Hensel Phelps Construction Company will pay $2,804,110 to settle allegations that it engaged in small business subcontracting fraud. The case stemmed from a qui tam whistleblower complaint filed in the U.S. District Court for the Northern District of New York. The whistleblower in the case is Fox Unlimited Enterprises, LLP, and will receive $630,925 of the settlement.
The qui tam provisions of the False Claims Act enable private citizens to file lawsuits on behalf of the government if they know of an individual or company defrauding the government. Qui tam whistleblowers are eligible to receive between 15 and 30% of the government’s recovery, if one occurs.
Details of the Case
The U.S. Department of Justice (DOJ) press release explains that “[f]ederal government contracts and subcontracts may be reserved, or ‘set aside,’ for various categories of small businesses, such that only eligible small businesses in a particular socioeconomic category are eligible to bid on, receive, and perform the contracts.” One of these categories is a service-disabled, veteran-owned small business, or SDVOSB. This category is “reserved for small businesses owned, controlled, and operated by veterans of the United States military who incurred a disability in the course of their military service to the United States.” According to the press release, “[l]arge businesses that perform on large federal prime contracts must develop and implement small business subcontracting plans designed to subcontract portions of the work to SDVOSBs and other types of small businesses.”
The settlement agreement states that Hensel Phelps, a “general contractor and construction firm,” is “one of the largest public/government building contractors in the United States.” According to the document, the General Services Administration awarded Hensel Phelps “a multi-million dollar contract to construct the Armed Forces Retirement Home’s (“AFRH”) New Commons/Health Care Building” in Washington, D.C. in 2011. Hensel Phelps entered a $1,078,504 subcontract with a SDVOSB to complete work involving “supplying and installing kitchen equipment,” as “Hensel Phelps did not normally perform those services.”
According to the settlement agreement, Hensel Phelps first agreed to terms of a different subcontract with a large company, but that subcontract was never executed. “Hensel Phelps then entered a subcontract with the SDVOSB utilizing the same terms and pricing that were set forth in the draft subcontract” that Hensel Phelps negotiated with the other company. “The pricing left the SDVOSB with a 1.5% fee for its responsibilities on the subcontract,” the document states.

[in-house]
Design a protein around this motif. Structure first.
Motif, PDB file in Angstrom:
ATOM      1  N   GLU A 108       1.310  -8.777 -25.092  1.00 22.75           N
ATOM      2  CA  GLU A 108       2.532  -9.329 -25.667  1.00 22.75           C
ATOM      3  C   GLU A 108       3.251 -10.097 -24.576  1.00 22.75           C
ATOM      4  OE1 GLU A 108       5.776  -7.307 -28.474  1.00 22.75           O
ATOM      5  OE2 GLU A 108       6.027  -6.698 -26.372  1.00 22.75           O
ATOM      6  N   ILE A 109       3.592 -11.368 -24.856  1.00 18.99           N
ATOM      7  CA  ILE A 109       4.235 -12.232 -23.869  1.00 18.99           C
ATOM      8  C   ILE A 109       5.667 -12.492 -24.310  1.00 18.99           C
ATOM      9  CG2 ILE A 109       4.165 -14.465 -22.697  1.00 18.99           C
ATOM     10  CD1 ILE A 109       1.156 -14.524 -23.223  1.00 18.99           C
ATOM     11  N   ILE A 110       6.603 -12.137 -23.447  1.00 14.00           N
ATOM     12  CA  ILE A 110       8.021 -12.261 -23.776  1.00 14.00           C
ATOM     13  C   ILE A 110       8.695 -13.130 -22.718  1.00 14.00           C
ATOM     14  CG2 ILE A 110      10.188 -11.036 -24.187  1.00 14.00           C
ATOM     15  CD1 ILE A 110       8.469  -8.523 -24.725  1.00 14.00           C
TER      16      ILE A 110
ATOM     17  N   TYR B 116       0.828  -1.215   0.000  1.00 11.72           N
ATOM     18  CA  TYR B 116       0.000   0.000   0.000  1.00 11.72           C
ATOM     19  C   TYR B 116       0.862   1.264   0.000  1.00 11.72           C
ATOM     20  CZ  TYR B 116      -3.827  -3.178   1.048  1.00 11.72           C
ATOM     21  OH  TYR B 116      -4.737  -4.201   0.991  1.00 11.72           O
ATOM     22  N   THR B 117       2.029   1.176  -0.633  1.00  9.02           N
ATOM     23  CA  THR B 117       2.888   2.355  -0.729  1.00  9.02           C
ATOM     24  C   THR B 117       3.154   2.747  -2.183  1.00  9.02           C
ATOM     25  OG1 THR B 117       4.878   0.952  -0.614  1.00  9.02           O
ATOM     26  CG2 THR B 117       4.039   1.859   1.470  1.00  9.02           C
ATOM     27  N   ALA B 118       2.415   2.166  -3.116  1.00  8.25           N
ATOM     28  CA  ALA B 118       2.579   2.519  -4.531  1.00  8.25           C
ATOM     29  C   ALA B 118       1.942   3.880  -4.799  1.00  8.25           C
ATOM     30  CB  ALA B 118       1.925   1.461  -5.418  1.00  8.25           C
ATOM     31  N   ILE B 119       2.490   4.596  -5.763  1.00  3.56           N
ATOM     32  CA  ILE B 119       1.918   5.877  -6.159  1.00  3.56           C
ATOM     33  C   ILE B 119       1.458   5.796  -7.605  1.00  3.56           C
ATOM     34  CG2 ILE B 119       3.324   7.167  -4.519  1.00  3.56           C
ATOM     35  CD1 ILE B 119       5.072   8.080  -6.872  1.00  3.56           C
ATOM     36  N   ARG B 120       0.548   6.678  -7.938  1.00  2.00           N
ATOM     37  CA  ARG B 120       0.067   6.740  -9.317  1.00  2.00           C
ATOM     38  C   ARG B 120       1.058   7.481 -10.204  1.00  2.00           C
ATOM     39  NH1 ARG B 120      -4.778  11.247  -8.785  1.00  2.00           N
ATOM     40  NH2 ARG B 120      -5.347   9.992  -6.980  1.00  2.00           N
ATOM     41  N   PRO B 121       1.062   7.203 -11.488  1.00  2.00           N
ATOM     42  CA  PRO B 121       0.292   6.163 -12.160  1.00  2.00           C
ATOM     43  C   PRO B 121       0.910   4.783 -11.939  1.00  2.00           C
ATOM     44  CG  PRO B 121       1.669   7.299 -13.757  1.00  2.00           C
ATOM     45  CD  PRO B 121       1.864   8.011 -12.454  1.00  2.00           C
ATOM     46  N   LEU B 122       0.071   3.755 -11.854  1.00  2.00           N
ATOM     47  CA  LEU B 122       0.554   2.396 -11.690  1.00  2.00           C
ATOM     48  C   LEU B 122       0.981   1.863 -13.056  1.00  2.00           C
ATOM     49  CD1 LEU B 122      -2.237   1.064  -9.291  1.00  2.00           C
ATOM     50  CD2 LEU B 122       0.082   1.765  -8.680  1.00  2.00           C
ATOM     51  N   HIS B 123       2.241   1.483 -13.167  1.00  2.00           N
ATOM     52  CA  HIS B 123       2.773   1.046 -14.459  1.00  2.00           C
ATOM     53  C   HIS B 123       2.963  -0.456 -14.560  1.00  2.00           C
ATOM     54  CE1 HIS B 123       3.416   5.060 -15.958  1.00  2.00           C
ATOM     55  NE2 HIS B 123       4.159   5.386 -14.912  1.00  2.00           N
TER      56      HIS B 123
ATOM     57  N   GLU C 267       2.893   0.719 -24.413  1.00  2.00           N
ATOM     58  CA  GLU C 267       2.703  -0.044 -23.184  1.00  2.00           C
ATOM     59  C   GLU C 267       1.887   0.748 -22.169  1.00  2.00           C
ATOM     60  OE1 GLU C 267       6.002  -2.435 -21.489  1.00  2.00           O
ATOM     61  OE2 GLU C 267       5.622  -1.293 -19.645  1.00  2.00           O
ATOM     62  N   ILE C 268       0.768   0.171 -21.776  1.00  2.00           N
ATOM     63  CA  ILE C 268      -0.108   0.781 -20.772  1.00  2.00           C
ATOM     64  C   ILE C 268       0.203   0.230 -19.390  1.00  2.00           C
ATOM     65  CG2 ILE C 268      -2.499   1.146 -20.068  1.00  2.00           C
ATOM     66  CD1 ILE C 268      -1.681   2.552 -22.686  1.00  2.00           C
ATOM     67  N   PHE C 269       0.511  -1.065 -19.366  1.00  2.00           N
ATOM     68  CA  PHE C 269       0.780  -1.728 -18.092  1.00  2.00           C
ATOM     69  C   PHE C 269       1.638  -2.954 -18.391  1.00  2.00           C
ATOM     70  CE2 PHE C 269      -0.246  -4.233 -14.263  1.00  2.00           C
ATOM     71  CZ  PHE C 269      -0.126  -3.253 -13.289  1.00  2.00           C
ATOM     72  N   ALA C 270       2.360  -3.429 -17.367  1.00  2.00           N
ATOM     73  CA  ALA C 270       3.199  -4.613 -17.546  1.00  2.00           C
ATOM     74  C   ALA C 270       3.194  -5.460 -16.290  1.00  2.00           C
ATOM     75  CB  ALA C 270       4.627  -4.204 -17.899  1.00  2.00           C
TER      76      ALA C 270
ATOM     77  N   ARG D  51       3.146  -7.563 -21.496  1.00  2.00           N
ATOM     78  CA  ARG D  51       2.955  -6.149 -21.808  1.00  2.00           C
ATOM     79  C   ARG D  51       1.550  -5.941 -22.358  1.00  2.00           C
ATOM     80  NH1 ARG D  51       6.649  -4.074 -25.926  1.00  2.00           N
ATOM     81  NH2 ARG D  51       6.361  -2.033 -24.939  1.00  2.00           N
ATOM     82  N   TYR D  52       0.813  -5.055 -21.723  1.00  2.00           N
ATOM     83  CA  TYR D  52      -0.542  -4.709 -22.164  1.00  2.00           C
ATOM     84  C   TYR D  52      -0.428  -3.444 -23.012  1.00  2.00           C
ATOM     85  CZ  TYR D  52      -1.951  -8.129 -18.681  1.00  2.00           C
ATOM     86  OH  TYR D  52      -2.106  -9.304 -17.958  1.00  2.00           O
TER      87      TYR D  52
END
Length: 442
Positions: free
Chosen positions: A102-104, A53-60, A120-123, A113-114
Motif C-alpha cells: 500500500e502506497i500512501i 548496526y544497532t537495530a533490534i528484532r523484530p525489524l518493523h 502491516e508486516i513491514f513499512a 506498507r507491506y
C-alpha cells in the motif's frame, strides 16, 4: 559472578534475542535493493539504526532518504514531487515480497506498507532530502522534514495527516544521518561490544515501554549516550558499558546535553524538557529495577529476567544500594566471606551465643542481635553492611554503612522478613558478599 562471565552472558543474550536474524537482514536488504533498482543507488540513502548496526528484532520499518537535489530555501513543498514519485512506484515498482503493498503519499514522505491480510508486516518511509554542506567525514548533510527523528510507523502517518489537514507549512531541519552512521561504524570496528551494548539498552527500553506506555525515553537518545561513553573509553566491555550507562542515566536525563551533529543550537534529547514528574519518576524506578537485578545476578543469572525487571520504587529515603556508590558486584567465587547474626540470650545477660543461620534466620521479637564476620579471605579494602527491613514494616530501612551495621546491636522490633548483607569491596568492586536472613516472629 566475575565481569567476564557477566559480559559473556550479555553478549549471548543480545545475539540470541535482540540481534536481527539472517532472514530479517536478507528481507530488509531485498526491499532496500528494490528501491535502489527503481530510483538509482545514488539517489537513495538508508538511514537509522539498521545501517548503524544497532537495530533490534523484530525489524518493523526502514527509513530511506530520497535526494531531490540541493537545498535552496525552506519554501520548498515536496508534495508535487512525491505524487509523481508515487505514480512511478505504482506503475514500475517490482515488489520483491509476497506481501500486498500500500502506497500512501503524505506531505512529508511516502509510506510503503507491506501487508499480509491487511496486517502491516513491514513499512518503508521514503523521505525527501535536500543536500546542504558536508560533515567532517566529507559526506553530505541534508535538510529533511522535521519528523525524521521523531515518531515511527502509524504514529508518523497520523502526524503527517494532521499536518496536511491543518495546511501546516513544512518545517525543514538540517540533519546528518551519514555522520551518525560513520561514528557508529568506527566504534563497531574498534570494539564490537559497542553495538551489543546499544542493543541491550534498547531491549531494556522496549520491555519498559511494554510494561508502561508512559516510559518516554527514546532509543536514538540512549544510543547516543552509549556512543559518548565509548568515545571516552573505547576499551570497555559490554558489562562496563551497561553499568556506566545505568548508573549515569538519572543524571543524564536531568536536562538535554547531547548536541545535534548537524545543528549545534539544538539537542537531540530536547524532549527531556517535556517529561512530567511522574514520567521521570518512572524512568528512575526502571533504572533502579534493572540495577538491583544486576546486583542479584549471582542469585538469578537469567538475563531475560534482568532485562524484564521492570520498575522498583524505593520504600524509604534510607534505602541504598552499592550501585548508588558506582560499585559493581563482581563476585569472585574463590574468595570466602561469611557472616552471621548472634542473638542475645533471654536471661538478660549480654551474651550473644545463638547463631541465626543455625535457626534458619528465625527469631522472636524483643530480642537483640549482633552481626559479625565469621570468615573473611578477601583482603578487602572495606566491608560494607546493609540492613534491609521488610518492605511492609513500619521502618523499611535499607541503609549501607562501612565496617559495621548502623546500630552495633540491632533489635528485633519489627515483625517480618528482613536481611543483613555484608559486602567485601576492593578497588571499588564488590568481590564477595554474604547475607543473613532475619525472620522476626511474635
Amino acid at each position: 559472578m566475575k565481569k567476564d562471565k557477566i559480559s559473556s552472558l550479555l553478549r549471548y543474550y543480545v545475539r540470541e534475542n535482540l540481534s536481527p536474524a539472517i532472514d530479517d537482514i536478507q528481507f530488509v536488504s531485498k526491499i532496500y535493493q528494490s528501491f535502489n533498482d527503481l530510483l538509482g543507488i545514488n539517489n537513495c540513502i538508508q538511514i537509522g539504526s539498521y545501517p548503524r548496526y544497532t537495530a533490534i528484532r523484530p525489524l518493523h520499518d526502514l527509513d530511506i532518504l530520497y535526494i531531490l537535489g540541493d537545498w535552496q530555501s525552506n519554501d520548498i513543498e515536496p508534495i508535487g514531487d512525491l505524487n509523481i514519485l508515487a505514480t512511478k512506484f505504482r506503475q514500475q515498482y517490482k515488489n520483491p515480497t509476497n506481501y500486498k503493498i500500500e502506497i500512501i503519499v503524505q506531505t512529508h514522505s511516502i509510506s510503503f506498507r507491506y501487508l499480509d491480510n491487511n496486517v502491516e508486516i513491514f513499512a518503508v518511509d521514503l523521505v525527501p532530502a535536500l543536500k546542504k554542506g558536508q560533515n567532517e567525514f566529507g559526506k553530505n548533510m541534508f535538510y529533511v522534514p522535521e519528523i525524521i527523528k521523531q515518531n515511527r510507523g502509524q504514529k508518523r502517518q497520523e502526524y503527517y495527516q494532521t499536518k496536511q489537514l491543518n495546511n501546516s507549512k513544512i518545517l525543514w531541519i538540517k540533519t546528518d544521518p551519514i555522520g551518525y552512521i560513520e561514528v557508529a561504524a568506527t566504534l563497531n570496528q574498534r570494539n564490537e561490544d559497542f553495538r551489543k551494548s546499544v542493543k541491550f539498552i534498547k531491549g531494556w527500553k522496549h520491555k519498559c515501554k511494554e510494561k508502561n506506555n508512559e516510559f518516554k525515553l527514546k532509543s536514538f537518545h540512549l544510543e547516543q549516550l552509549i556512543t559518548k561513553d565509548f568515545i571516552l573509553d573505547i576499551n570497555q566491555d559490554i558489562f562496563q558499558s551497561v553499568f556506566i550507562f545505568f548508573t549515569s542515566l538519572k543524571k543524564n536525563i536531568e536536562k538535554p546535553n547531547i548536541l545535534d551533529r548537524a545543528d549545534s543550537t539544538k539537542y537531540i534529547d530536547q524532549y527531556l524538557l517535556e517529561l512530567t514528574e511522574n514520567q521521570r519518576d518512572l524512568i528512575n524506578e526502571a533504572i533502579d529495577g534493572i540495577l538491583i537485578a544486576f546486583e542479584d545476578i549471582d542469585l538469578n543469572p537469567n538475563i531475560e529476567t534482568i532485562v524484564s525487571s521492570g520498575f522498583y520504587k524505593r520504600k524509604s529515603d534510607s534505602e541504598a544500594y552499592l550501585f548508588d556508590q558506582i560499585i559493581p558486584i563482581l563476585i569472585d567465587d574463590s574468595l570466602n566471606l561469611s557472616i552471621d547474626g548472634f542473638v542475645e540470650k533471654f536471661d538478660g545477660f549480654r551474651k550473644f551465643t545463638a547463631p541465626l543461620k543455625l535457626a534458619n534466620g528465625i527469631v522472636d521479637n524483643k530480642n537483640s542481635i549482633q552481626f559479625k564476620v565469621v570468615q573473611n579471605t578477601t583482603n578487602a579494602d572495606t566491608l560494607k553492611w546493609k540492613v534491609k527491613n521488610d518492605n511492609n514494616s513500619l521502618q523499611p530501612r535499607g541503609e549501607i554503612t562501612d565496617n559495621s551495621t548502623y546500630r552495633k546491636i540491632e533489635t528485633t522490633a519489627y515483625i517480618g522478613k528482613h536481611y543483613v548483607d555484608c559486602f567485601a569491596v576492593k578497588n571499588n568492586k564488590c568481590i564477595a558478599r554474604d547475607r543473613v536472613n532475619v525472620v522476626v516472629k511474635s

Hensel Phelps and the larger company it initially approached agreed that the SDVOSB would enter a second-tier subcontract with the larger company, “and the terms of the second-tier subcontract were negotiated and agreed to by Hensel Phelps” and the bigger company “without any input from the SDVOSB.” The settlement agreement states that Hensel Phelps “also failed to request or obtain certain information that a prime contractor typically asks of a subcontractor before agreeing to work together on a federal government project” and provides more insight into the information Hensel Phelps did not obtain from the SDVOSB, among other information.
The whistleblower in this case filed a qui tam lawsuit on April 15, 2022; part of the allegations were that “Hensel Phelps presented and caused to be presented false claims and statements to the United States in connection with the AFRH project subcontract award to the SDVOSB described” in the agreement. The government intervened in the case on May 6, 2022. As part of the settlement, the whistleblower will receive $630,925.
“Taking advantage of contracts intended for companies owned and operated by service-disabled veterans demonstrates a shocking disregard for fair competition and integrity in government contracting,” said United States Attorney Waldref in the press release. “We insisted not only that Hensel Phelps refund the government and pay a hefty penalty for its misconduct, but that it admit to its misconduct.”
The False Claims Act in 2021
The DOJ released data from Fiscal Year 2021 about the False Claims Act and reported that whistleblowers helped the DOJ recover $1.6 billion in settlements during the past fiscal year.
However, “the DOJ only paid out $237 million to whistleblowers, the lowest single-year total since FY 2008,” WNN reports. Whistleblower attorney Stephen M. Kohn said that the FY 2021 totals “reflect a troubling trend in recent years…The DOJ has begun to treat whistleblowers like second-class citizens. It routinely throws out strong whistleblower cases without just cause. While the SEC and CFTC are making great strides forward with their whistleblower programs, the Justice Department is in reverse.” Read the full article about the False Claims Act in FY 2021 here.